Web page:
The remainder R obtained by dividing x^100 by x^2-3x+2 is a polynomial of degree less than 2.

- mayankdevnani

The remainder R obtained by dividing x^100 by x^2-3x+2 is a polynomial of degree less than 2.

- katieb

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- anonymous

can't see the extreme right of the drawing though.

- mayankdevnani

k

- sirm3d

can you list the choices?

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## More answers

- mayankdevnani

sure

- mayankdevnani

|dw:1354621276560:dw|

- sirm3d

|dw:1354621547979:dw|

- anonymous

@sirm3d i've got b though.

- sirm3d

yes. it is b.

- anonymous

@mayankdevnani are you familiar with the remainder theorem?

- mayankdevnani

@Shadowys and @sirm3d how is it b?

- mayankdevnani

@sirm3d no, it is given that it is + sign

- anonymous

if you're familiar with the remainder theorem, go over here first:
http://in.answers.yahoo.com/question/index?qid=20100116073124AA4yjsO

- mayankdevnani

i know it

- anonymous

if you have seen the link, it is the same with this question.
let \(f(x)=x^{100}\)
since \(x^2-3x+2=(x-1)(x-2)\),
we first use the RT for \(f(1)=1\)
so, \(f(x)=(x-1)Q(x) +1\)
you follow so far?

- mayankdevnani

i don't understand!!!

- anonymous

which part of it? all of it? if yes then i'll adjust a bit.
you've seen the link?

- mayankdevnani

yes

- mayankdevnani

i don't understand!!plz explain me step by step

- anonymous

let \(f(x) =x^{100}\)
we want to find the remainder after dividing f(x) by \(x^2−3x+2\).
using the remainder theorem,
\(f(x^2−3x+2)=(x^2−3x+2)Q(x)+R\), right?

- mayankdevnani

right

- anonymous

no, it's wrong. lol sorry about that \(f(x)=(x^2−3x+2)Q(x)+R\)
so, \(f(x)=(x-1)(x-2)Q(x)+R\)
now, notice that, if we sub x=1, the whole terms vanishes and we get f(1)=1,right?

- mayankdevnani

i think it got -1

- mayankdevnani

or 0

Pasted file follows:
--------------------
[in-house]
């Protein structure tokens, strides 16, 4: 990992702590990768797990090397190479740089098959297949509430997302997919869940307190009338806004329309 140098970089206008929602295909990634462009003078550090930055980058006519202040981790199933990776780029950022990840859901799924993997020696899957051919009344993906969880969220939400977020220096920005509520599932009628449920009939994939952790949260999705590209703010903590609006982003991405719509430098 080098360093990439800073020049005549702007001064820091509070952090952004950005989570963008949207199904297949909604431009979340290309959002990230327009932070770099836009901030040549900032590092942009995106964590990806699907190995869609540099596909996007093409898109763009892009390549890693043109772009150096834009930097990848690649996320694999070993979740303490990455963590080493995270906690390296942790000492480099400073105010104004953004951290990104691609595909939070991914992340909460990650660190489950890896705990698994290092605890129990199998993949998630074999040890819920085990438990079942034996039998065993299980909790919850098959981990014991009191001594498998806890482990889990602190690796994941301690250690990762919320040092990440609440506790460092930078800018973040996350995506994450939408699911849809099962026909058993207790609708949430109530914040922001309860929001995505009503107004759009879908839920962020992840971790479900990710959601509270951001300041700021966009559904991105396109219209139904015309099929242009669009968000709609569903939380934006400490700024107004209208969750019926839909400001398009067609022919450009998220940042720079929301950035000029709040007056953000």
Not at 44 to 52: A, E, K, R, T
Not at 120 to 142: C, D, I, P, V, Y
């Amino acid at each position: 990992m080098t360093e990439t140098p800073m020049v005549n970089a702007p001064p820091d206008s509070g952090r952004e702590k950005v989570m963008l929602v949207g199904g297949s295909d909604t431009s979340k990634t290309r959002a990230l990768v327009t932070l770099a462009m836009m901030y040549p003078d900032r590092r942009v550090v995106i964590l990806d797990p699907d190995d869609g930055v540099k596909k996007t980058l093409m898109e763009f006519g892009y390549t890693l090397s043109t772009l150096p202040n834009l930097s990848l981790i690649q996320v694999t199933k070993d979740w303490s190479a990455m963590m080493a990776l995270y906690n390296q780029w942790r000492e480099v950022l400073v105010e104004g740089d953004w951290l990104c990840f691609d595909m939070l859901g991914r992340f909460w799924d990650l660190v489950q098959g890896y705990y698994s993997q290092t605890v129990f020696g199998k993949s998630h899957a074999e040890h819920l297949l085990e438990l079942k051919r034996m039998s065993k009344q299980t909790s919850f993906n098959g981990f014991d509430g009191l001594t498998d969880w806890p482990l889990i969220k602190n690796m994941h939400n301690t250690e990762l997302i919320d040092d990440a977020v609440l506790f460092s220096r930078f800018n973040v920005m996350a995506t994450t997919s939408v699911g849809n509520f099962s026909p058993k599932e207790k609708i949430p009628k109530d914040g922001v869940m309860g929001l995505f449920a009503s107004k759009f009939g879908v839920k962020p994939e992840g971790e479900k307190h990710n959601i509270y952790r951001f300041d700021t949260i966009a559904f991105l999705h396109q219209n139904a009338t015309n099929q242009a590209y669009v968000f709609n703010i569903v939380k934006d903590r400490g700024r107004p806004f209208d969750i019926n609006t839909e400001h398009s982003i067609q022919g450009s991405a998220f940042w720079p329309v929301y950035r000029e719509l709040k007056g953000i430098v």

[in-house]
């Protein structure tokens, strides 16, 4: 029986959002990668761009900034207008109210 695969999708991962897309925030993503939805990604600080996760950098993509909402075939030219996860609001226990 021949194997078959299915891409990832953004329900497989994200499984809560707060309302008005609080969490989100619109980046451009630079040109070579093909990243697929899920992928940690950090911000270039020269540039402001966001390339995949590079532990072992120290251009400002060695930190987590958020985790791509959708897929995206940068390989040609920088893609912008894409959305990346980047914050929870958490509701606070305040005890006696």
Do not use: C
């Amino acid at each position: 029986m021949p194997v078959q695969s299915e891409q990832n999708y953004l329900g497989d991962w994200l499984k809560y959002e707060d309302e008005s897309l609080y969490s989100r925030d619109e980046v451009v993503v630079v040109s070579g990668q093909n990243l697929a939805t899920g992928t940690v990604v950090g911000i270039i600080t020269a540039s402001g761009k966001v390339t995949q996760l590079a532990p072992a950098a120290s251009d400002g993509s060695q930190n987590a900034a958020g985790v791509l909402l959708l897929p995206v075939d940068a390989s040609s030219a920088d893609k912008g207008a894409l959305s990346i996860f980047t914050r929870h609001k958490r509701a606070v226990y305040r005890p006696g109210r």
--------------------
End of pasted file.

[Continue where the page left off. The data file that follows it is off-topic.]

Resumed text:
- mayankdevnani

|dw:1354628302804:dw|

- anonymous

|dw:1354628370412:dw|

- anonymous

yup, the whole thing of Q(x) is just gone when x=1

- anonymous

and, by the remainder theorem, since f(1)=1, there must be a P(x) where
\(f(x)=(x-1)P(x)+1\)

- anonymous

you follow?

- mayankdevnani

yaa

- anonymous

notice that:
\(f(x)=(x−1)P(x)+1\) and
\(f(x)=(x−1)(x−2)Q(x)+R\) looks very similar.
So, all we have to do is find a way to relate P(x) and Q(x). now, how do we do that?
we let x=2 for the first eq.
\(f(2)=(2−1)P(2)+1=2^{100}\)
\(P(2)=2^{100}-1\)
right?

- mayankdevnani

right

- anonymous

now, since \(P(2)=2^{100 }-1\), by the remainder theorem again, there must exist a D(x) such that
\(P(x)=(x-2)D(x)+2^{100 }-1\) !!!
now, we substitute this into \(f(x)=(x−1)P(x)+1\), getting
\(f(x)=(x−1)[(x-2)D(x)+2^{100 }-1]+1\)
simplifying and rearranging,
\(f(x)=(x−1)(x-2)D(x)+(x-1)(2^{100 }-1)+1\)

- anonymous

@sirm3d can you see where i went wrong here? i originally used x=2 first but x=1 should work too.
@mayankdevnani start with x=2 and you'll get b. meanwhile sorry, lol x=1 didn't work out.

- mayankdevnani

thnx... @Shadowys

- anonymous

you're welcome :) though i messed up a lil

- sirm3d

i see nothing wrong here. \[ (x-1)(2^{100}-1)+1=2^{100}(x-1)-(x-1)+1=2^{100}(x-1)-(x-2)\]

- anonymous

oh. I forgot about that -1 lol i guess I shouldn't do maths during bedtime lol

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